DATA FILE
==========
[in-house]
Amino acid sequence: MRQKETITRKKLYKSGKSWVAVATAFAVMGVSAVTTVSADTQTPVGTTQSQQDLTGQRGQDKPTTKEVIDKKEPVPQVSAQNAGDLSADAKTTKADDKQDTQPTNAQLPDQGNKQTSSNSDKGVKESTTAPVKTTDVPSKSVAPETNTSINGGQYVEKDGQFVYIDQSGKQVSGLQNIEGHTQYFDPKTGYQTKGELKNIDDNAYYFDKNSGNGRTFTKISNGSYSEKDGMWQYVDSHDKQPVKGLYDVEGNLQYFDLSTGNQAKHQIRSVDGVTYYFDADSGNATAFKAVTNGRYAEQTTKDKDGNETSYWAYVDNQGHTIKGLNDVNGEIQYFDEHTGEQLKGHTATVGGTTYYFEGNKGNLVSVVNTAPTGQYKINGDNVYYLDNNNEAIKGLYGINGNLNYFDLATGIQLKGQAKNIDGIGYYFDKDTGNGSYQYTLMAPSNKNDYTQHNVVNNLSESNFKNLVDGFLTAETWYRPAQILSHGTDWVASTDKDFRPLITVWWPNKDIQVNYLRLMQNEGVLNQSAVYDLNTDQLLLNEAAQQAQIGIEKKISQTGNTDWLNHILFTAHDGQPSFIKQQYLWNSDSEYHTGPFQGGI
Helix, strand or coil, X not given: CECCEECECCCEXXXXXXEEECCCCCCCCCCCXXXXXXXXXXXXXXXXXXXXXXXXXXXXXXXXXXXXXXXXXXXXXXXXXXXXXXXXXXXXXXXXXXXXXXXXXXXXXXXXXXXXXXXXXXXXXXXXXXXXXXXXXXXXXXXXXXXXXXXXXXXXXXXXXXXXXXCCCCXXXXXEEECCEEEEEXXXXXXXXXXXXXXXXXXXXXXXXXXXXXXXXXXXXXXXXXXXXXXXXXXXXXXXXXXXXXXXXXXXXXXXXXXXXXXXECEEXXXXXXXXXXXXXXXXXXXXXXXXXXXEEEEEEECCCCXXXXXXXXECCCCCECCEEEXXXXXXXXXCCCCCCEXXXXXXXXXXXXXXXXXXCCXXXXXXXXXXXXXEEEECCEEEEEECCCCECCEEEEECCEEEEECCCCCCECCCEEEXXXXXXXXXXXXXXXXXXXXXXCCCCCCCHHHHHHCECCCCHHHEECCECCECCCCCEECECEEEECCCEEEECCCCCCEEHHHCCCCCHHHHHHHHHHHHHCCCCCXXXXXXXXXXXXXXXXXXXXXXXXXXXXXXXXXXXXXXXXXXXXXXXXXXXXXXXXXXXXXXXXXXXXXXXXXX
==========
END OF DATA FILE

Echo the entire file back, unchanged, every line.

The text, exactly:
[in-house]
Amino acid sequence: MRQKETITRKKLYKSGKSWVAVATAFAVMGVSAVTTVSADTQTPVGTTQSQQDLTGQRGQDKPTTKEVIDKKEPVPQVSAQNAGDLSADAKTTKADDKQDTQPTNAQLPDQGNKQTSSNSDKGVKESTTAPVKTTDVPSKSVAPETNTSINGGQYVEKDGQFVYIDQSGKQVSGLQNIEGHTQYFDPKTGYQTKGELKNIDDNAYYFDKNSGNGRTFTKISNGSYSEKDGMWQYVDSHDKQPVKGLYDVEGNLQYFDLSTGNQAKHQIRSVDGVTYYFDADSGNATAFKAVTNGRYAEQTTKDKDGNETSYWAYVDNQGHTIKGLNDVNGEIQYFDEHTGEQLKGHTATVGGTTYYFEGNKGNLVSVVNTAPTGQYKINGDNVYYLDNNNEAIKGLYGINGNLNYFDLATGIQLKGQAKNIDGIGYYFDKDTGNGSYQYTLMAPSNKNDYTQHNVVNNLSESNFKNLVDGFLTAETWYRPAQILSHGTDWVASTDKDFRPLITVWWPNKDIQVNYLRLMQNEGVLNQSAVYDLNTDQLLLNEAAQQAQIGIEKKISQTGNTDWLNHILFTAHDGQPSFIKQQYLWNSDSEYHTGPFQGGI
Helix, strand or coil, X not given: CECCEECECCCEXXXXXXEEECCCCCCCCCCCXXXXXXXXXXXXXXXXXXXXXXXXXXXXXXXXXXXXXXXXXXXXXXXXXXXXXXXXXXXXXXXXXXXXXXXXXXXXXXXXXXXXXXXXXXXXXXXXXXXXXXXXXXXXXXXXXXXXXXXXXXXXXXXXXXXXXXCCCCXXXXXEEECCEEEEEXXXXXXXXXXXXXXXXXXXXXXXXXXXXXXXXXXXXXXXXXXXXXXXXXXXXXXXXXXXXXXXXXXXXXXXXXXXXXXXECEEXXXXXXXXXXXXXXXXXXXXXXXXXXXEEEEEEECCCCXXXXXXXXECCCCCECCEEEXXXXXXXXXCCCCCCEXXXXXXXXXXXXXXXXXXCCXXXXXXXXXXXXXEEEECCEEEEEECCCCECCEEEEECCEEEEECCCCCCECCCEEEXXXXXXXXXXXXXXXXXXXXXXCCCCCCCHHHHHHCECCCCHHHEECCECCECCCCCEECECEEEECCCEEEECCCCCCEEHHHCCCCCHHHHHHHHHHHHHCCCCCXXXXXXXXXXXXXXXXXXXXXXXXXXXXXXXXXXXXXXXXXXXXXXXXXXXXXXXXXXXXXXXXXXXXXXXXXX